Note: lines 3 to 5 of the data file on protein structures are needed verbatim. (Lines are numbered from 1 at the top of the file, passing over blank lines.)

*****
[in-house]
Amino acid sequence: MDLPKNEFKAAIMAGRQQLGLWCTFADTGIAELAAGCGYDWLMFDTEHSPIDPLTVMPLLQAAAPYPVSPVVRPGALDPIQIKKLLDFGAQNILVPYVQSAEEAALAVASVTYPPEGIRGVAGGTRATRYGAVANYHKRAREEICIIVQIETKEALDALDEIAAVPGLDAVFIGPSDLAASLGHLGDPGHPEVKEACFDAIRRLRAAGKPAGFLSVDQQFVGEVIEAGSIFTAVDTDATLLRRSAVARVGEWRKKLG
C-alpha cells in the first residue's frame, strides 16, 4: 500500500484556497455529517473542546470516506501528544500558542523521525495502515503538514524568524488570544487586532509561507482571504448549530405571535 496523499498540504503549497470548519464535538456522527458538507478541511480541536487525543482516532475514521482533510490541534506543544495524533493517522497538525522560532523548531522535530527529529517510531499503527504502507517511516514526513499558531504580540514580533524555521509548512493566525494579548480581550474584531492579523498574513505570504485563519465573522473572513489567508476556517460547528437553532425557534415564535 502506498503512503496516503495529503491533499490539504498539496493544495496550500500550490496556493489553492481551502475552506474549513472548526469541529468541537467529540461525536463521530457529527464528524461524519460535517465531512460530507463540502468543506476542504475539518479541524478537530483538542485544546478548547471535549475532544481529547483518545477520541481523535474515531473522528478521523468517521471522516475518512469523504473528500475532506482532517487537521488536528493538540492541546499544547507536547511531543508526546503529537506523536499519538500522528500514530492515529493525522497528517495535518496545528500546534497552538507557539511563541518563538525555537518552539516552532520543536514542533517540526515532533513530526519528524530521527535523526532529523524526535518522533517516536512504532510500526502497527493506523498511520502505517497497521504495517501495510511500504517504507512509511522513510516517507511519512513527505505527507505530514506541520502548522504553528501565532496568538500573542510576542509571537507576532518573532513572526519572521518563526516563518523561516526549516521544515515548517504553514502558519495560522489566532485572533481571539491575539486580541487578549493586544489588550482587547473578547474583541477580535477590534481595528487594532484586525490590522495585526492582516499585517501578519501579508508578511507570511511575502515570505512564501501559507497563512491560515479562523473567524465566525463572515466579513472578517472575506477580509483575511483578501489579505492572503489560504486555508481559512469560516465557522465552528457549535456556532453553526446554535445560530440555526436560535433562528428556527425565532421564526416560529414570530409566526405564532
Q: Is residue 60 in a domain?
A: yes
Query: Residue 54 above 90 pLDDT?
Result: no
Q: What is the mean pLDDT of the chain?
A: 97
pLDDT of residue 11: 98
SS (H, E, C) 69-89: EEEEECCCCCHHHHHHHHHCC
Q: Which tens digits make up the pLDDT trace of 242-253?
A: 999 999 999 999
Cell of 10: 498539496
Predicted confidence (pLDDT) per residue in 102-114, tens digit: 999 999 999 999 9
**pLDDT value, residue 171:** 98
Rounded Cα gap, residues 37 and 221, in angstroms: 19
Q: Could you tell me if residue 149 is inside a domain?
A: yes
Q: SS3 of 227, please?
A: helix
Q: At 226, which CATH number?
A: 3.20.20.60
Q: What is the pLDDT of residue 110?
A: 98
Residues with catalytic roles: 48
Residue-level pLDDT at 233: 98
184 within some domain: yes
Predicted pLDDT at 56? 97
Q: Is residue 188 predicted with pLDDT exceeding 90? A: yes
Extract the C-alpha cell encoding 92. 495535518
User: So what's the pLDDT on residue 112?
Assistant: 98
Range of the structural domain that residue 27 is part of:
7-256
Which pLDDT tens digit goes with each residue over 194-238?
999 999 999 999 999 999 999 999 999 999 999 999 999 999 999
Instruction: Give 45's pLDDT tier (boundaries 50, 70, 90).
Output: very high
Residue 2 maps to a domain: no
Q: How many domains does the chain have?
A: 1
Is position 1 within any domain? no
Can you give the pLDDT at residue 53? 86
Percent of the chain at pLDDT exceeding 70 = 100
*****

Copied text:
C-alpha cells in the first residue's frame, strides 16, 4: 500500500484556497455529517473542546470516506501528544500558542523521525495502515503538514524568524488570544487586532509561507482571504448549530405571535 496523499498540504503549497470548519464535538456522527458538507478541511480541536487525543482516532475514521482533510490541534506543544495524533493517522497538525522560532523548531522535530527529529517510531499503527504502507517511516514526513499558531504580540514580533524555521509548512493566525494579548480581550474584531492579523498574513505570504485563519465573522473572513489567508476556517460547528437553532425557534415564535 502506498503512503496516503495529503491533499490539504498539496493544495496550500500550490496556493489553492481551502475552506474549513472548526469541529468541537467529540461525536463521530457529527464528524461524519460535517465531512460530507463540502468543506476542504475539518479541524478537530483538542485544546478548547471535549475532544481529547483518545477520541481523535474515531473522528478521523468517521471522516475518512469523504473528500475532506482532517487537521488536528493538540492541546499544547507536547511531543508526546503529537506523536499519538500522528500514530492515529493525522497528517495535518496545528500546534497552538507557539511563541518563538525555537518552539516552532520543536514542533517540526515532533513530526519528524530521527535523526532529523524526535518522533517516536512504532510500526502497527493506523498511520502505517497497521504495517501495510511500504517504507512509511522513510516517507511519512513527505505527507505530514506541520502548522504553528501565532496568538500573542510576542509571537507576532518573532513572526519572521518563526516563518523561516526549516521544515515548517504553514502558519495560522489566532485572533481571539491575539486580541487578549493586544489588550482587547473578547474583541477580535477590534481595528487594532484586525490590522495585526492582516499585517501578519501579508508578511507570511511575502515570505512564501501559507497563512491560515479562523473567524465566525463572515466579513472578517472575506477580509483575511483578501489579505492572503489560504486555508481559512469560516465557522465552528457549535456556532453553526446554535445560530440555526436560535433562528428556527425565532421564526416560529414570530409566526405564532
Q: Is residue 60 in a domain?
A: yes